A group of rival collectors of severely deformed freakish human beings and the FBI agents that are investigating them must battle against some of their collections which aren't as dead as ... See full summary »
Mel Johnson Jr.
It's 1911 when 12 year old Sophia plays all by herself in her big, creepy house with only four handmade dolls as friends. When her abusive father has finally had enough, he forces her to ... See full summary »
Straight-laced nerd Alistair moves into a college dorm with hardcore marijuana users Brett, Larnell, and Bachman. Larnell orders an old giant bong that proves to have strange magical powers... See full summary »
John Patrick Jordan,
Virgil Travis is a wealthy, soulless psychopath who lives in seclusion in his mansion home with his dwarf butler and maniac right hand man. Tortured and forcibly mutated as a child by a woman who put him through body transforming procedures, Virgil has an abnormally sized head. Basking in the suffering, degradation, pain, and death of others, Virgil has already killed, and kidnapped a female rock group that he keeps imprisoned in his basement to help satisfy his constant need for perverse amusement. Never satisfied, though, Virgil decides that he will once again try to fill the emptiness that exists within him, and so creates a trio of deformed, living dolls to systematically murder any and all people who have ever wronged him. What Virgil doesn't anticipate, though, is meeting his match and finding love, both of which come in the form of a woman who is even more evil and twisted than he is.Written by
The character of Mr. Mascaro is the human version of the demon Jack in the Box from the film Demonic Toys (1991) See more »
There is no "we", Harrison, there's only me. And a sloppy, man-shaped appendage - you.
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After Virgil kills everyone and the dolls escape with the rockers, the screen blacks for the credits, but instead Virgil's assistant walks out and explains that there is an alternate ending that some may find more suitable. The last five minutes of the movie play over, except now the rockers throw the dwarf across the room before the wedding, and are forced to play the wedding march for Virgil. In this version of the ending, however, Virgil's new wife reacts positively to him. The rockers start to play music, which continues over the end credits. See more »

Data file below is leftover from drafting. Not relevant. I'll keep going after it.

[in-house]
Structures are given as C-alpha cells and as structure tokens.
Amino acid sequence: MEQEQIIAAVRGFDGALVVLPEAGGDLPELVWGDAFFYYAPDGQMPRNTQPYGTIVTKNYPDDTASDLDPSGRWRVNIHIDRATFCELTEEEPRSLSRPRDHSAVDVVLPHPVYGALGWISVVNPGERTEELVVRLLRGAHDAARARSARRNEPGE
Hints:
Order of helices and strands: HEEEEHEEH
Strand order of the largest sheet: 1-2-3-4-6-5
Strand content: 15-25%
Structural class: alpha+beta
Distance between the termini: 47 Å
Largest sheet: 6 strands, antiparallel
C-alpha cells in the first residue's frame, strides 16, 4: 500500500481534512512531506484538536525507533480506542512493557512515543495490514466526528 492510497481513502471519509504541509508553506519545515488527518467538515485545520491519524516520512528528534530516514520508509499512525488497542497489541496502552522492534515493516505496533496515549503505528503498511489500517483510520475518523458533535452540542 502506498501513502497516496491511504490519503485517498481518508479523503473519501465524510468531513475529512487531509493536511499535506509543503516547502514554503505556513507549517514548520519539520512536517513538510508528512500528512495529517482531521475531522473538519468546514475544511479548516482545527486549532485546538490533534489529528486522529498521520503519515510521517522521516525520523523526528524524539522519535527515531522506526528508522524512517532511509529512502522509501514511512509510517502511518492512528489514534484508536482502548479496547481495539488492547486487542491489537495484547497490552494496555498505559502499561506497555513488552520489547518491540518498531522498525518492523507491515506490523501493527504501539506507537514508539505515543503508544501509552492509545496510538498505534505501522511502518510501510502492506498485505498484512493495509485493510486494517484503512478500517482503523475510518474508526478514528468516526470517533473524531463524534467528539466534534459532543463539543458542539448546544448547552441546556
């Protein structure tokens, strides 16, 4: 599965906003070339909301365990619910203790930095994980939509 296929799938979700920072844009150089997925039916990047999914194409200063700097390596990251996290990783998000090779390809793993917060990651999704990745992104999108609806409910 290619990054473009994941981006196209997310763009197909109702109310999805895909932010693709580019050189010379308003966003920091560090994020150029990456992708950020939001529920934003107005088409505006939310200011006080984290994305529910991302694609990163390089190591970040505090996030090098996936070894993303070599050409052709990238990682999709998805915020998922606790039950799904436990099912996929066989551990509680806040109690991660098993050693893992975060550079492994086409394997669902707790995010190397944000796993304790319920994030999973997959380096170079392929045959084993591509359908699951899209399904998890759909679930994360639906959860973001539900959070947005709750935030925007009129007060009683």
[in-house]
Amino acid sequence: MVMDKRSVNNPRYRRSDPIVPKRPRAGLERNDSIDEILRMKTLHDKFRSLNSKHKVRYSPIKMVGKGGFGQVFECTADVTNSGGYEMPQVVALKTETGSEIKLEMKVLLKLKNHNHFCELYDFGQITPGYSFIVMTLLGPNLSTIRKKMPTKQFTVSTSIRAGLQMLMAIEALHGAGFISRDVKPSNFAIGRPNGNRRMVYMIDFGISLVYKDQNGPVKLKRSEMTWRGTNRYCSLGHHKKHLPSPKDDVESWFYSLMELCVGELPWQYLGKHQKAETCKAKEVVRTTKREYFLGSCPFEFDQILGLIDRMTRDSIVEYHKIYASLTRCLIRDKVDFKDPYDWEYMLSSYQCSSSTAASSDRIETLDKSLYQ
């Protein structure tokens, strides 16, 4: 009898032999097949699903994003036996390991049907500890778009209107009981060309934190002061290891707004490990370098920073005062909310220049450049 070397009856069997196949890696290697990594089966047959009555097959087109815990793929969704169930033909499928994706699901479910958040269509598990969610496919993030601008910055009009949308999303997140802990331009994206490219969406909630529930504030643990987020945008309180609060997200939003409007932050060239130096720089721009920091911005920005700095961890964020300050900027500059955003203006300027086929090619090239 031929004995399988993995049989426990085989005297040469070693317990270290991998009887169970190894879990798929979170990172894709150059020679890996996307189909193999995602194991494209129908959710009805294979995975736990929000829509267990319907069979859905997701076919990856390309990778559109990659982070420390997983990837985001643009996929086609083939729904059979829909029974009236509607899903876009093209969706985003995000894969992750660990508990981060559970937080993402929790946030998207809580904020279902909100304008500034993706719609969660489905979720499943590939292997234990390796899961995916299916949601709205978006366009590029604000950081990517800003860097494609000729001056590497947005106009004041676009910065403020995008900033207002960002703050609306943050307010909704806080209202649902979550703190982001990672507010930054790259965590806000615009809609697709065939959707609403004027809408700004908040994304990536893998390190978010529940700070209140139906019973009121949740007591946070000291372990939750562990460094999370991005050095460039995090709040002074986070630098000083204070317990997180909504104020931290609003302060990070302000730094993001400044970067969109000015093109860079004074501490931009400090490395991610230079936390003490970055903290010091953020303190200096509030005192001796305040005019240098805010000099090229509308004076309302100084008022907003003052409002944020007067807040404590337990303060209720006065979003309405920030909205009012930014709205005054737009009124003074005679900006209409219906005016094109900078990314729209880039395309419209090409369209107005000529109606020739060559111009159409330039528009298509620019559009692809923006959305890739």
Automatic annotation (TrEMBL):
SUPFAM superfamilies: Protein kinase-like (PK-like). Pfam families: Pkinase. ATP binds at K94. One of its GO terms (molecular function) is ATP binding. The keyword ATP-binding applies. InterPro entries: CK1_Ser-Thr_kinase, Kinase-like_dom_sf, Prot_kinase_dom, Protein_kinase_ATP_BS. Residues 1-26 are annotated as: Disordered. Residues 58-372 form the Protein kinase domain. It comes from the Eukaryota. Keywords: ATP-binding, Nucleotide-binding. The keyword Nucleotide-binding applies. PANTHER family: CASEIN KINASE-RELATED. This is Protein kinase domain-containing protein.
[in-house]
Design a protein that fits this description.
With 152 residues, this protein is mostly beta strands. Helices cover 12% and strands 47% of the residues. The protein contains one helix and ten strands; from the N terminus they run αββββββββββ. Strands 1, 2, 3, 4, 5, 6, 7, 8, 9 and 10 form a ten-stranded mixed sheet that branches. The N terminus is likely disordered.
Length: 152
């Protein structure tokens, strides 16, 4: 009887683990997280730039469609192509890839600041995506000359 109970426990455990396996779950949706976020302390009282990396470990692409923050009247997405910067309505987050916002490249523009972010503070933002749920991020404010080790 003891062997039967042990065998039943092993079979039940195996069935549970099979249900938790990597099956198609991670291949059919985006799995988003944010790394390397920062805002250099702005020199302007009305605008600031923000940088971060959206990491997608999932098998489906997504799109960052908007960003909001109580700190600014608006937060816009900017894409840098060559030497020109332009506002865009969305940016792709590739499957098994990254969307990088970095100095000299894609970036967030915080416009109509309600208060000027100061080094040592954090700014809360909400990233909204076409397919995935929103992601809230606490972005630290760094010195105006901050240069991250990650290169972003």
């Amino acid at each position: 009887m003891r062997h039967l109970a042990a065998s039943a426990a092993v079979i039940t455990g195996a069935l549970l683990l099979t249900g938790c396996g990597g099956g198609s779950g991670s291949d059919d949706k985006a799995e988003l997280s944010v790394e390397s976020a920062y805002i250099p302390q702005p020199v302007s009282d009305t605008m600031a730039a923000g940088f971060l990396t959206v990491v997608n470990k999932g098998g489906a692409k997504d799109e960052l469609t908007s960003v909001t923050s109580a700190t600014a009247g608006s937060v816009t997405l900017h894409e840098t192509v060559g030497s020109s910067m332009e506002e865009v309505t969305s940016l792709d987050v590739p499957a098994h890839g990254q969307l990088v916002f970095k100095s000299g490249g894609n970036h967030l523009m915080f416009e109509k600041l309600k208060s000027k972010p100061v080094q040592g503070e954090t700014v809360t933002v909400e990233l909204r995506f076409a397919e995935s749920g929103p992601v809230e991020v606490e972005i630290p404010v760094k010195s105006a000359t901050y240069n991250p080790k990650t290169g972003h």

Though they are the title characters, the Blood Dolls are, surprisingly, not the film's main focus. As the film continues, it turns from a simple killer doll film to a twisted romance. The transition is smooth, and adds a sense of freshness to the story; there are even two endings, one for the romantically inclined and another, more typical ending. The plot innovations are believable because of Maturin's great facial expressions and delivery during his interactions with other characters. Unfortunately, the practical effects budget barred Maturin from being in any shots other than close-ups; a well-used puppet head (it's not totally apparent, and is used sparingly from careful angles to prevent it from becoming so) takes his place in a couple shots. Like many Full Moon releases, CG-effects were ditched in favor of practical effects, and though they worked well for Virgil and the rest of the film, the Blood Dolls are not as animated as their fellow killer-puppets in the Puppet Master series; they look fantastic but move more stiffly. Perhaps this is partially why Band made this film more story-oriented than death-oriented.
Though not all professional musicians, an original idea was for the actresses playing Virgil's band-in-a-cage to record a soundtrack CD and go on tour after the film's release as The Blood Dolls. This was scrapped, but the majority of the movie's soundtrack is provided by the band (along with a music video on the DVD), is quite good (it could certainly fit in with some o
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